Penrose Studios: The Pixar of VR?

Penrose Studios wants to be known as the Pixar of VR animated content. It has a good start, but will it capitalize on its first mover advantage?

While VR hardware is moving full steam ahead, people are starting to wonder – where is the content? Billions of dollars have been invested in VR in the last five years, however, most of this has gone towards hardware development. Many are wondering if now is the time to flip the switch to content creation. Without compelling content, VR will fail before it ever gets off the ground. Penrose Studios is trying to make its mark as a first-to-market high quality content creator for VR.


Penrose Studios is a content company that’s focusing on creating animated augmented and virtual reality stories.  They want to be known as the Pixar of VR. And while they have a lot to prove before they can adopt that title, they have the team in place to do it. Content creation is largely about effective storytelling. The founder, Eugene Chung, was formerly at Pixar and the head of Oculus Studios. He’s put together a strong team that comes from a range of big technology and content players, including: Google, Oculus, DreamWorks, Disney and more. In 2016, Penrose raised the largest seed round in VR history at $8.5MM!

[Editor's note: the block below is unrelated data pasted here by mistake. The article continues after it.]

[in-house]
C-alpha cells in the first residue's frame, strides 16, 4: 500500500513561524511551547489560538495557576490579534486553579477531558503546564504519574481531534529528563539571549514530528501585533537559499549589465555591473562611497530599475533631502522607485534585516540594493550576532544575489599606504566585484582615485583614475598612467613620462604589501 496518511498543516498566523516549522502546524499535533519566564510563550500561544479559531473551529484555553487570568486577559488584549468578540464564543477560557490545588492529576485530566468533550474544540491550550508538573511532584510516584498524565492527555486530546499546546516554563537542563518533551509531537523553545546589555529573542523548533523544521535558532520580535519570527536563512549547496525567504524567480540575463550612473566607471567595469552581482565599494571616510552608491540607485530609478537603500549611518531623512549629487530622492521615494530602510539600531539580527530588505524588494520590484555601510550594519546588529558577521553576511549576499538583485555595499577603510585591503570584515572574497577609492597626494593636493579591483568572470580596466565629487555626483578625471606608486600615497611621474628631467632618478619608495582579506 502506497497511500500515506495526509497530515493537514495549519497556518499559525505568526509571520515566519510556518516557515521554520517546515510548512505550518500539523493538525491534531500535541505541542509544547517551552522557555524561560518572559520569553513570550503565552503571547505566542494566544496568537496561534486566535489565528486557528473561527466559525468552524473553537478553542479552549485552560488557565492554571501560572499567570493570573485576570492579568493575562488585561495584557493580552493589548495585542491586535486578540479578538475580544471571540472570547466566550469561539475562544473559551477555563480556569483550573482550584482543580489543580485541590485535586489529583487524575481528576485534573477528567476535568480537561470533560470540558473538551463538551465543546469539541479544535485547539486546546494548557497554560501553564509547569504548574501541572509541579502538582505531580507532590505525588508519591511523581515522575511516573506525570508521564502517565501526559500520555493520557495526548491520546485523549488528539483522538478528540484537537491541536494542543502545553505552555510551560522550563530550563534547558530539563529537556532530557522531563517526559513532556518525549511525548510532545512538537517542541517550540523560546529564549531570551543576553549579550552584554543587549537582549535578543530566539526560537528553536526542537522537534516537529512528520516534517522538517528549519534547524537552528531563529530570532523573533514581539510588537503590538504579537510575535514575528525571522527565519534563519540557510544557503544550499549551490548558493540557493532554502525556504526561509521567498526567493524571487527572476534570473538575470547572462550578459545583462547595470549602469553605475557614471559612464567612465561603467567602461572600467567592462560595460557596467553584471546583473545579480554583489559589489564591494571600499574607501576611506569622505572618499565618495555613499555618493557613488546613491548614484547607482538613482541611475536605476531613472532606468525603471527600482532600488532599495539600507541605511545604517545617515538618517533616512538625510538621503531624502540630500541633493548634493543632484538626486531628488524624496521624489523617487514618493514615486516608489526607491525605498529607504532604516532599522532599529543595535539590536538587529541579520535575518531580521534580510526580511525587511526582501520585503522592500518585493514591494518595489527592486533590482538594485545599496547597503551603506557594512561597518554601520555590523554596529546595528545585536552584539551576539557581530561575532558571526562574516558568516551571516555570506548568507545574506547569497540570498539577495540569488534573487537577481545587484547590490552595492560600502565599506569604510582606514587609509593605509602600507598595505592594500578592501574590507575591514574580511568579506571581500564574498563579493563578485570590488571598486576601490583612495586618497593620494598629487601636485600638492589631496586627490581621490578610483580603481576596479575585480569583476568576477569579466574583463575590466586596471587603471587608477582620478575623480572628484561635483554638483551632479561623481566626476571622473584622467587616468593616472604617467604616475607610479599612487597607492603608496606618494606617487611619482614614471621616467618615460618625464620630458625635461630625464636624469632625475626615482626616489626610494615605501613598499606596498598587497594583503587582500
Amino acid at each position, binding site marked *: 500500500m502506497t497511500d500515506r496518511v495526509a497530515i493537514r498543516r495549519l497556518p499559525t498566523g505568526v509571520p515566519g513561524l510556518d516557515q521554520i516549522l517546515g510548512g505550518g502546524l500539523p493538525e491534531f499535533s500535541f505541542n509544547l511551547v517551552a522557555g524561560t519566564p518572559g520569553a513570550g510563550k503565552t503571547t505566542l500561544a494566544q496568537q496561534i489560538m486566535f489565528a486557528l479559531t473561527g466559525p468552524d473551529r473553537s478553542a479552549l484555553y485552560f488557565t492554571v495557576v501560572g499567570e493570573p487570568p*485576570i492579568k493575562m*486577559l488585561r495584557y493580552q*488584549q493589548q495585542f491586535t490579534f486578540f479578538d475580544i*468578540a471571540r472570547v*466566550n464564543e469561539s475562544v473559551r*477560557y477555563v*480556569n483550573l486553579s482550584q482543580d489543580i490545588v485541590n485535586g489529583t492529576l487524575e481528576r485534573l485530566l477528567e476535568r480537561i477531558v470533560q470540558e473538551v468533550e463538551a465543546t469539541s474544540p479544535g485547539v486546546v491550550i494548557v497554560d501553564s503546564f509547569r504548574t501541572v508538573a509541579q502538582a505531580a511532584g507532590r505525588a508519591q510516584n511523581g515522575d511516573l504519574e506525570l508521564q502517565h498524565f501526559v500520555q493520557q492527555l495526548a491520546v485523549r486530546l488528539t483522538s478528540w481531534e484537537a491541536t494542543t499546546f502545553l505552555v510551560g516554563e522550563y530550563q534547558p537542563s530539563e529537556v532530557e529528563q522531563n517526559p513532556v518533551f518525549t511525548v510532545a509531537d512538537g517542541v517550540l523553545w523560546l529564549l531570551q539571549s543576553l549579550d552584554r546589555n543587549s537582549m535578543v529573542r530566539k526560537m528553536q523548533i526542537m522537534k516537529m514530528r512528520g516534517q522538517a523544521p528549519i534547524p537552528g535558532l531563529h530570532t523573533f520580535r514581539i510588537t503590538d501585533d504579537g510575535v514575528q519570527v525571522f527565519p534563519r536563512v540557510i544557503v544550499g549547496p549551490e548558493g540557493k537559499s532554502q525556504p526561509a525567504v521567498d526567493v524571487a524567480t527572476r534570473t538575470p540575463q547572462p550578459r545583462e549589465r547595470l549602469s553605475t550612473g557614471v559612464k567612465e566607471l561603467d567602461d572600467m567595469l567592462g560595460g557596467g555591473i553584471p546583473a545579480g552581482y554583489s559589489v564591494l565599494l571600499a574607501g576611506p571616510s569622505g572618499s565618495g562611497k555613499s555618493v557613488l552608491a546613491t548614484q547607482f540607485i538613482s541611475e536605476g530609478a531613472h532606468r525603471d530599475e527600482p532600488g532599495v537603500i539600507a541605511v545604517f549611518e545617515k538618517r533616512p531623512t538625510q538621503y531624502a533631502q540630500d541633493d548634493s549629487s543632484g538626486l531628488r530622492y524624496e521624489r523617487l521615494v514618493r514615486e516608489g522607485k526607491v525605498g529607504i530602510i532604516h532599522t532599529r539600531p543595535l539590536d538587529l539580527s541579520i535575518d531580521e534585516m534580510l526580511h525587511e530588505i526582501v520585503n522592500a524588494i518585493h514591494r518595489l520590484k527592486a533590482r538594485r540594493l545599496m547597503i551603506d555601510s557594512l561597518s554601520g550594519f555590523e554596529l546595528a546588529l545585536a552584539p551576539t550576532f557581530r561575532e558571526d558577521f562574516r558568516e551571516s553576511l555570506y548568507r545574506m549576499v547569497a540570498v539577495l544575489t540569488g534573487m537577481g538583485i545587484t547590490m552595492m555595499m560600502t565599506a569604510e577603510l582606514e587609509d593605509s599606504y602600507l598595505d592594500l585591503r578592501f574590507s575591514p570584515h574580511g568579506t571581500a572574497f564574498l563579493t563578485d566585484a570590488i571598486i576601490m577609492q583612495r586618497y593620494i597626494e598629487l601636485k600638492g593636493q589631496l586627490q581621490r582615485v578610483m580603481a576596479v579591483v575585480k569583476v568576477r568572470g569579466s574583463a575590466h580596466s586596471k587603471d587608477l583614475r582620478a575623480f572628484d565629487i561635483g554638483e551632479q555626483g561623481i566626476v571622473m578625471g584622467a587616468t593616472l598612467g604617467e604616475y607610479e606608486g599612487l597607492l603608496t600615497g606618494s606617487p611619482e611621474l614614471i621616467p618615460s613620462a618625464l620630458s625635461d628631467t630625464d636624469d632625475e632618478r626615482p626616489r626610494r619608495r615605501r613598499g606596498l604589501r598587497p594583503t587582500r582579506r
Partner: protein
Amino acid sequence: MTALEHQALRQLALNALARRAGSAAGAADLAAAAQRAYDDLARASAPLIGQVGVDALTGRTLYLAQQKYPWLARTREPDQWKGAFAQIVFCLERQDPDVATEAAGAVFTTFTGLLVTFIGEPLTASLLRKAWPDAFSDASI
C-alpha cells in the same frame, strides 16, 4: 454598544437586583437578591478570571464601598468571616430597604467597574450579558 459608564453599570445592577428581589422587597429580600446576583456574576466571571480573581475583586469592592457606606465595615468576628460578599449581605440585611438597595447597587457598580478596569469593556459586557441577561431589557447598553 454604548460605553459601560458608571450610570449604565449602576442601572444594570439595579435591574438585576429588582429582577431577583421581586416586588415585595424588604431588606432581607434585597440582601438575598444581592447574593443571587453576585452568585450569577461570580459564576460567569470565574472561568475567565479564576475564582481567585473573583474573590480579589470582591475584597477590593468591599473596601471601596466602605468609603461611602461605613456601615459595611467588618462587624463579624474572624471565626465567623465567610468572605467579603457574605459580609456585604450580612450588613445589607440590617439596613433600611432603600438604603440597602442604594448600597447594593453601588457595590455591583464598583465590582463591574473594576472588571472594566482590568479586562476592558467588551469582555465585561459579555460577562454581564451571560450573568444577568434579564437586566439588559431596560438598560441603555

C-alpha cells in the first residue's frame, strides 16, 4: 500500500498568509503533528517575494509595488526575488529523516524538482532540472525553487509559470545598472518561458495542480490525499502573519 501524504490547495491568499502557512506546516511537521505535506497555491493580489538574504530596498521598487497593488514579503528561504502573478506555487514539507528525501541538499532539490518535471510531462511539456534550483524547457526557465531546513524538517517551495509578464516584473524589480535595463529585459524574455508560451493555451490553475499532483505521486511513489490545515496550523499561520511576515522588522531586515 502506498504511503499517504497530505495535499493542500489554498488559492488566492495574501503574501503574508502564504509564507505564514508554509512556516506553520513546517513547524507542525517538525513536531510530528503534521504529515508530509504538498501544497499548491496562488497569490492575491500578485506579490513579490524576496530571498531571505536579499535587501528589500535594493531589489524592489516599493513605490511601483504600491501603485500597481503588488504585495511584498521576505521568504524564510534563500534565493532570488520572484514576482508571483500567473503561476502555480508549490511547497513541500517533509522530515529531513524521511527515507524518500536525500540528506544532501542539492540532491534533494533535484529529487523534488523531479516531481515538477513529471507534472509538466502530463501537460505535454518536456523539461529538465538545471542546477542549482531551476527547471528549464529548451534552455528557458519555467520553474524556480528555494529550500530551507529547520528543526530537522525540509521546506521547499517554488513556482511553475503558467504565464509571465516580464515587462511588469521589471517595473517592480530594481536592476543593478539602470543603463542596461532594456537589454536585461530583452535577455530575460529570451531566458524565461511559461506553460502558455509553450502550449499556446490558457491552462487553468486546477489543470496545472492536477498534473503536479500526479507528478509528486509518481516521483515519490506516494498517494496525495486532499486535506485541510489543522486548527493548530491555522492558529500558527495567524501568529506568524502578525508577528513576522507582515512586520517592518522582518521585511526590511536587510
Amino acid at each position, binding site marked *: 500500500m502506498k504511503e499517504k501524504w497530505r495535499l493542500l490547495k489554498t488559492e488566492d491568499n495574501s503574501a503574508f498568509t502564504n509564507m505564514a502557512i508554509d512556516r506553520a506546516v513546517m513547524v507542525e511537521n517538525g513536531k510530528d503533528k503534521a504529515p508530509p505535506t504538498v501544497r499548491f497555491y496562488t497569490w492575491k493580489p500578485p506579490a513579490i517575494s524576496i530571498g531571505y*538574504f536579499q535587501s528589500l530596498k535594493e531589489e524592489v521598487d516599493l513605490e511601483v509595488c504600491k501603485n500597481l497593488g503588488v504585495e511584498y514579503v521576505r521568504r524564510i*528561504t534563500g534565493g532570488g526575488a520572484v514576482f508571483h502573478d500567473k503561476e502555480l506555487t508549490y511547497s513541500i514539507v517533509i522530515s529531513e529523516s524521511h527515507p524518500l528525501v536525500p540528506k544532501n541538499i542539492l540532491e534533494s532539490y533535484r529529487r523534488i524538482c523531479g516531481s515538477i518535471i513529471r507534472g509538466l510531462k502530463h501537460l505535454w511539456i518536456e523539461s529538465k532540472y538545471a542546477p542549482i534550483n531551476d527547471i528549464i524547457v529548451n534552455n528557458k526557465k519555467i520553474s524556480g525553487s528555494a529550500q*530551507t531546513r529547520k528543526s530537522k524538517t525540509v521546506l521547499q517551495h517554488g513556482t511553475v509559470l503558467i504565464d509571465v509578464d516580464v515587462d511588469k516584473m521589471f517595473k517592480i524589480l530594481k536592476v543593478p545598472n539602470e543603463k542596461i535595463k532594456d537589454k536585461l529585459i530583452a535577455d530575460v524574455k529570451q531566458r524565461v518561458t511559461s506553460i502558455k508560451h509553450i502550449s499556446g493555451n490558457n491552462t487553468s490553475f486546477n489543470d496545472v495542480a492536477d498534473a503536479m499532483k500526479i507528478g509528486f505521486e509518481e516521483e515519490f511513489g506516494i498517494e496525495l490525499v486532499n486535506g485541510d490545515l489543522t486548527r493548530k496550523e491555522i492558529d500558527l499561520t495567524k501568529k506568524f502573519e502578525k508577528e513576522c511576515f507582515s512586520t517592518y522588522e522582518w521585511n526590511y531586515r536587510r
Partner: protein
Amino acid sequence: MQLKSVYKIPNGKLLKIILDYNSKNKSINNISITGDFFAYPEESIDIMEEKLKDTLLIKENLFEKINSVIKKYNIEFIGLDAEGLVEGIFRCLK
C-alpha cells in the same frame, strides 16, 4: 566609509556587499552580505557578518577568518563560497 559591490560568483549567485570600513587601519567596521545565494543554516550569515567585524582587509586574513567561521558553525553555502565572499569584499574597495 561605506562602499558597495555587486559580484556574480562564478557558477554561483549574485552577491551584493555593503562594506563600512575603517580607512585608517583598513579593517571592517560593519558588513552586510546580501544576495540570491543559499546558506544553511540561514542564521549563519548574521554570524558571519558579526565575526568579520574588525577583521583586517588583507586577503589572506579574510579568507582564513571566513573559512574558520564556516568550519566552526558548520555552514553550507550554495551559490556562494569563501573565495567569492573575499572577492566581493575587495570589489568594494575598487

Penrose believes that by bringing together the best in technology and creative, they will be able to develop the best stories currently available in VR. In fact, they have even developed their own tools internally to facilitate with the VR content creation process – just like Pixar did with 3D animation.

Value Creation

Penrose creates value in the VR ecosystem by providing it with compelling video content for the broader consumer market. Most major recent investments in VR have been going towards hardware – Magic Leap, Oculus, HTC, Google, etc. Content for these hardware devices has been an afterthought up until recently. Hardware creators are now looking for the best content out there so that they can gain mass consumer adoption. Most of the content creation for consumer applications is naturally happening in the videogaming space. Hardcore gamers tend to be quick adopters of new technologies and by creating top notch games that take advantages of the VR platform, hardware developers are hoping to go mainstream. However, to truly go mainstream and attract the masses, these hardware developers need easily accessible high quality video content that will attract the average Joe. Penrose is one of the first to enter this market by creating stories that will appeal to a wide audience and proactively get them to go seek out the VR experience.